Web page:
And so, while humans inadvertently drive beneficial species, from tuna to corals, to the edge of extinction, their best efforts can’t seriously threaten an insect with few redeeming features. “They don’t occupy an unassailable niche in the environment,” says entomologist Joe Conlon, of the American Mosquito Control Association in Jacksonville, Florida. “If we eradicated them tomorrow, the ecosystems where they are active will hiccup and then get on with life. Something better or worse would take over.”

Janet Fang is an intern in Nature’s Washington DC office.

COULD TAP WATER CAUSE LOU GEHRIG’S DISEASE?

from Water Online, January 18, 2012, By Kevin Westerling, Web Editor

http://www.wateronline.com/article.mvc/Could-Tap-Water-Cause-Lou-Gehrigs-Disease-0001?sectionCode=TOC&templateCode=EnhancedStandard&user=2702840&source=nl:32982

In what could be a life-saving discovery, a toxic molecule sometimes found in drinking water has been linked to the development of neurodegenerative diseases such as amyotrophic lateral sclerosis (ALS), Parkinson’s, and Alzheimer’s.

As reported by Miller-McClune, botanist Paul Cox and biologist Sandra Banack have spearheaded a consortium of scientists in researching the effects of the toxic molecule beta-methylamino-L-alanine (BMAA) present in cyanobacteria, which blooms in water and is often referred to as blue-green algae (though, scientifically speaking, it bears no relation to algae). Their studies indicate that as the consumption of BMAA increases in humans, so does the incidence of ALS, also known as Lou Gehrig’s disease.

ALS has been the focus of the researchers because of its severe nature — victims are paralyzed and typically die within five years — and the ability to accurately diagnose the disease in living patients. However, the findings also link BMAA concentrations to increased incidence of Parkinson’s and Alzheimer’s. Like ALS, they have no known causes and no cure.

The work of Banack, Cox, and their team first met with resistance from the scientific community, in part because funding and research has focused on genetics as the cause of these neurodegenerative diseases, and also due to the fact that BMAA is not one of the 20 “building block” amino acids that make up proteins in all living organisms. Additional research, however, showed how BMAA could accumulate in nerve cells, giving scientific credibility to the hypothesis.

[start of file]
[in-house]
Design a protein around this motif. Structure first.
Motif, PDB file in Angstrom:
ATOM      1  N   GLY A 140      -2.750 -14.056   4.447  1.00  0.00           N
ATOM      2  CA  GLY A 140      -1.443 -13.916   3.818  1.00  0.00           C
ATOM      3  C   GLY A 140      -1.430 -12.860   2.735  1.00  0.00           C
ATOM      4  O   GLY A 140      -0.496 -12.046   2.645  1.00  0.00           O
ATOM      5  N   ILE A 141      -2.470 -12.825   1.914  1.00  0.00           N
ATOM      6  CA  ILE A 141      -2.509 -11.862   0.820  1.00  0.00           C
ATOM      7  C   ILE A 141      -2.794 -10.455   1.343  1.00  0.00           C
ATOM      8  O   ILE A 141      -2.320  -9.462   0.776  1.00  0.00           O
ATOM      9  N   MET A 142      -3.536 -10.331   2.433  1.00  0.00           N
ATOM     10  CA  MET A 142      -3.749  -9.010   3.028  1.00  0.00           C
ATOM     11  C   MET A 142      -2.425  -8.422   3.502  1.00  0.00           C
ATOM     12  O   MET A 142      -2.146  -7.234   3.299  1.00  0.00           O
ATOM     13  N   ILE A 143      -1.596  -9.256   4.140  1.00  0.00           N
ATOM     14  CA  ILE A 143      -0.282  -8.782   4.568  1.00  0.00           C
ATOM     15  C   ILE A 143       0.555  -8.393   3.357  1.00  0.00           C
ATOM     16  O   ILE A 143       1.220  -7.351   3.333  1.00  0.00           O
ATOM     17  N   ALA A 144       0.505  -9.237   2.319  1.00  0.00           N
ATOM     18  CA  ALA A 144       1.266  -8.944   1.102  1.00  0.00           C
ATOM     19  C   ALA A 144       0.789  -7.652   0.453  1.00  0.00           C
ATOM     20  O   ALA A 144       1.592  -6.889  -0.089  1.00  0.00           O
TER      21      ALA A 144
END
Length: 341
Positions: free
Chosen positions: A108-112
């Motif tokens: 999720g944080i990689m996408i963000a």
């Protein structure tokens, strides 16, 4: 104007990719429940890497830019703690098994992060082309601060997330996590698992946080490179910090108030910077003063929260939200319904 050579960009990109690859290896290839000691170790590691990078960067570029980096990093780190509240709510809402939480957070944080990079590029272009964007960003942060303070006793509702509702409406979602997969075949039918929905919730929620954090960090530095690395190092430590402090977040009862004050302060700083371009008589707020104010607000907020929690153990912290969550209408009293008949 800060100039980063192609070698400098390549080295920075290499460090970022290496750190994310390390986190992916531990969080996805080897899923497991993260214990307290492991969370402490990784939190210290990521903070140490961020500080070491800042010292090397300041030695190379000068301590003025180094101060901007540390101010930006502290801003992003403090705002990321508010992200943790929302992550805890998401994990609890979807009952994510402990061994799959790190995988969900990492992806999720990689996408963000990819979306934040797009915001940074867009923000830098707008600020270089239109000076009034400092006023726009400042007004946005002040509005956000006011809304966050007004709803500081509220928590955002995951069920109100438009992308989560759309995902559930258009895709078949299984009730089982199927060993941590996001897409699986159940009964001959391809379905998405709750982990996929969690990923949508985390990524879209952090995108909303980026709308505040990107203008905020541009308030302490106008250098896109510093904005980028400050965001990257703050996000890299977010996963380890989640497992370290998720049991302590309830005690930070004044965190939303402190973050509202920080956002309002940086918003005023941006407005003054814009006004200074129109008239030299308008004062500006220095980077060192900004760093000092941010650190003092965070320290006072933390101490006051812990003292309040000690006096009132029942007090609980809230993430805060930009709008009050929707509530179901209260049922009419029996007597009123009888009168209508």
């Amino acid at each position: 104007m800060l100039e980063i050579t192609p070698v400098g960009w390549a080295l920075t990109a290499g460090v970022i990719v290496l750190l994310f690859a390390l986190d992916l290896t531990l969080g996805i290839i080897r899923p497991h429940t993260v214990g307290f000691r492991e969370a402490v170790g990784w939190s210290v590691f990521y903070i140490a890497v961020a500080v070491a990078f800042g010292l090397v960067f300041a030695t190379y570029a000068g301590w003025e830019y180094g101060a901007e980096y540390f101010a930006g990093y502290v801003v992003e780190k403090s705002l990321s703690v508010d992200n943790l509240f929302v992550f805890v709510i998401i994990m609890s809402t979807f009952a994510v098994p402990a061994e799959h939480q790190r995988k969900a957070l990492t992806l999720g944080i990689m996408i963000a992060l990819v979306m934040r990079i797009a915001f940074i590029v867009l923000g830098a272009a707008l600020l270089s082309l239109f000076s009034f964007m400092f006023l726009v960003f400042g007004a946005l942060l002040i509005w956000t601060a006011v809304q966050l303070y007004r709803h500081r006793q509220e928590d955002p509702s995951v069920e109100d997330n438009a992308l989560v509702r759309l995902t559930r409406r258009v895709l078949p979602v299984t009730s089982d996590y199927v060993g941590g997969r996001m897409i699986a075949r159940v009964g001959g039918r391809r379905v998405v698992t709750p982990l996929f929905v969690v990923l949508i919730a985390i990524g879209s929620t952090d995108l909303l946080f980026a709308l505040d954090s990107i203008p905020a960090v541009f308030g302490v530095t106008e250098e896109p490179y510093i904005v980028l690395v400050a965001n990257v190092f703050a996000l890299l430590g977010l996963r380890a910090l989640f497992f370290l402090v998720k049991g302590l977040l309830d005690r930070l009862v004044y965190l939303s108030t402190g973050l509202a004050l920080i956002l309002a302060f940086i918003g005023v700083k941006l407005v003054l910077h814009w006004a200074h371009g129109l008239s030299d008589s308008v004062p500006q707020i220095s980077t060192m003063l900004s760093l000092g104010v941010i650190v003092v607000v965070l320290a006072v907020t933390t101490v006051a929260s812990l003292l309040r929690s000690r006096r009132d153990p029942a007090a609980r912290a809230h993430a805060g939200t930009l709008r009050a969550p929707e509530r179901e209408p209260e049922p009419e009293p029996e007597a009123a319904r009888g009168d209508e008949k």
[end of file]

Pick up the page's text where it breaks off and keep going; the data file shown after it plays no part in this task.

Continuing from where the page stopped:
One study, by neurologist Elijah Stommel of the Dartmouth-Hitchcock Medical Center, found that the rate of ALS doubles around lakes reported to have cyanobacterial blooms throughout New England, and he is building a database of ALS cases in the northeastern United States. There and elsewhere, sources of exposure to BMAA include direct drinking water, food (especially shellfish), or swimming in contaminated water.

According to the Miller-McClune article, no water treatment plants in the United States are known to test for BMAA. Standard water treatment methods such as sand filtration, powdered activated carbon, and chlorination have proven effective in removing the toxin, but flocculation was deemed less effective. Cox has lobbied for more BMAA monitoring, and the Institute for EthnoMedicine — which he cofounded with Banack in 2004 — has developed a dipstick-type water test to do so, as well as filter technology to remove the compound.

“People need to be very careful about the water they’re drinking,” the article quoted Cox. “At this point we suspect there may be a tie between cyanobacterial toxins and your risk of progressive neurodegenerative disease — but it’s still a hypothesis.”

If Cox and his colleagues are right, it would provide tremendous encouragement to the scores of people affected by these devastating illnesses. In fact, Phase II clinical studies are underway for a drug that could potentially remove BMAA from the body and slow the progression of ALS, which is diagnosed in around 5,600 Americans each year.

Needless to say, he has a lot of people rooting for him.

Comments

Scary stuff!!! This is why more and more people do not rely on city water. RainSoft Reverse Osmosis is the answer for our customers.